Once upon a time, there was an Emperor so fond of money that he spent all his time fostering the creation of wealth. He loved money and the privilege it gave him. (Well, poor people don’t become Emperor.)
In the great city where he lived, he spent his days dining with bankers and going to church.
Then, one day, came two swindlers. They let it be known they were corporate economists, and they said they could make the Emperor and his friends even more wealth, no problem. But these fine policies were magical, the swindlers – um, corporate economists – said. The policies could not be understood by anyone who was stupid, or unfit for office, they said.
The Emperor paid the swindlers a large sum of public money to start work on these magic policies at once. They set up think-tanks and committees, and ran surveys and public consultations. Which means they did nothing. The swindlers moved into fancy city apartments and put their new money into Cayman Islands accounts.
‘I’d like to know how those corporate economists are getting on with the policies,’ the Emperor thought after a while, but he felt slightly uncomfortable: Those who were stupid or unfit for office would not be able to understand the policies. He thought he’d send someone else to see how things were going. Just in case.
So he sent his trusted old minister to see how the policies were shaping up. The old minister went to the new penthouse with harbour views where the two swindlers sat working hard on their iPads. The minister asked how the policies were coming along.
‘Great. Jobs, jobs, jobs,’ said the economists. ‘Constant growth. Trickle down. Sharing economy. Fair go for all.’
‘What does that mean?’ thought the old minister. ‘Oh dear. Can it be that I’m a fool, or unfit for office?’
‘Yes, those are great policies,’ he said to the economists.
When he returned to the Emperor, he said, ‘The policies are brilliant. Market forces, border forces and enforcers.’
The Emperor frowned, puzzled, then said, ‘Splendid!’
All the town was talking of these splendid policies that would help battling families by increasing wealth to the already rich. They also knew that the stupid among them would not understand these policies.
The Emperor decided to check out the policies for himself before he displayed them on Procession Day. Attended by his old minister, he visited the economists on their superyacht in the harbour and found them working hard on their mojitos.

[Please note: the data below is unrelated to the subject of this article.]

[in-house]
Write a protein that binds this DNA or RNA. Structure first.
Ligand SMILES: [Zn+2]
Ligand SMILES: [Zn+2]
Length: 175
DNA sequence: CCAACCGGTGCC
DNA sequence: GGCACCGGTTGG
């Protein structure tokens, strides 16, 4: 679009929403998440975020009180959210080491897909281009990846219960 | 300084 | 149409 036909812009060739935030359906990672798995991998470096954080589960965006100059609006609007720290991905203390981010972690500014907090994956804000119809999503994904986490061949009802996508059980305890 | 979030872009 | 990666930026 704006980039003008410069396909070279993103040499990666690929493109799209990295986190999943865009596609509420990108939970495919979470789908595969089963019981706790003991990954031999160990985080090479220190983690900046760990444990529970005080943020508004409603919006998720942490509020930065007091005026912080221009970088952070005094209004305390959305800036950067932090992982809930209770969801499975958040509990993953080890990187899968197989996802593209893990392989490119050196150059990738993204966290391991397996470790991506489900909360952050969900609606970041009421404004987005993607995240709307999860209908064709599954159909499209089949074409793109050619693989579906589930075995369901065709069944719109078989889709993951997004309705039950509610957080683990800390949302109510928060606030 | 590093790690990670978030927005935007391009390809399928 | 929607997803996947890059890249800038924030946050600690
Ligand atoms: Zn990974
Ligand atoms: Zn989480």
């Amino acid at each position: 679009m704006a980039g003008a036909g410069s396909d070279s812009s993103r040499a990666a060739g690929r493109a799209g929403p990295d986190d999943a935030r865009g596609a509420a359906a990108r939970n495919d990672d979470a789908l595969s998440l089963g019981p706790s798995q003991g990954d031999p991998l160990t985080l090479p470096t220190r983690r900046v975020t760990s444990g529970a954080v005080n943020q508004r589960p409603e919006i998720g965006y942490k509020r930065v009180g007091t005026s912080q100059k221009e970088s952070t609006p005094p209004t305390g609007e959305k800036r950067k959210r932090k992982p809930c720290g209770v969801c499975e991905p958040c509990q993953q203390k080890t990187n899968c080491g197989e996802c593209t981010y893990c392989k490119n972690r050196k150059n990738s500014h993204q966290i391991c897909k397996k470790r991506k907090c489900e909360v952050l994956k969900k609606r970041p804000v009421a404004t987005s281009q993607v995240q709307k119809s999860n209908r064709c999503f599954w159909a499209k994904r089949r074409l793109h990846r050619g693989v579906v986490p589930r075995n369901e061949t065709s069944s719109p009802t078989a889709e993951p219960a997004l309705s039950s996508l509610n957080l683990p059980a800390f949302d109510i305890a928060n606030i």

‘Just look, Your Majesty. What fiscal sense!’ they said. ‘What investment opportunity! Your rich friends will love you forever. Isn’t it brilliant?’
‘It doesn’t make sense,’ the Emperor thought. ‘Constant growth with limited resources? Coal exports on a warming planet?’
And then: ‘Am I a fool? Am I unfit to be the Emperor?’
‘Oh! It’s very pretty,’ he said. His minister, who also understood nothing, joined the Emperor in exclaiming, ‘Oh! It’s very pretty.’
Procession Day came. The Emperor and his ministers paraded down the street, looking grand in their grey Italian suits and Brunello Cucinelli shoes, waving their policies about. Above them, the swindlers’ new jet roared towards Brazil.
‘Rising house prices are good! Falling Australian dollar is good!’ the Emperor declared. The people heard and were afraid to disagree. Nobody would confess that they were a fool.
‘Oh yes,’ they cried. ‘Tax pensioners! Build a bigger war memorial!’
Then a child, taking a day off school to attend Procession Day, shouted, ‘It’s all bullshit!’
The crowd fell silent.
The people started talking among themselves: ‘She’s right, you know. It is bullshit. It’s unsustainable nonsense!’
The Emperor shivered, for he suspected they were right. But, for him, the procession must go on. And on. And over the cliff…
So he shouted, more loudly than ever, ‘Jobs, jobs, jobs!’
But no-one believed it anymore.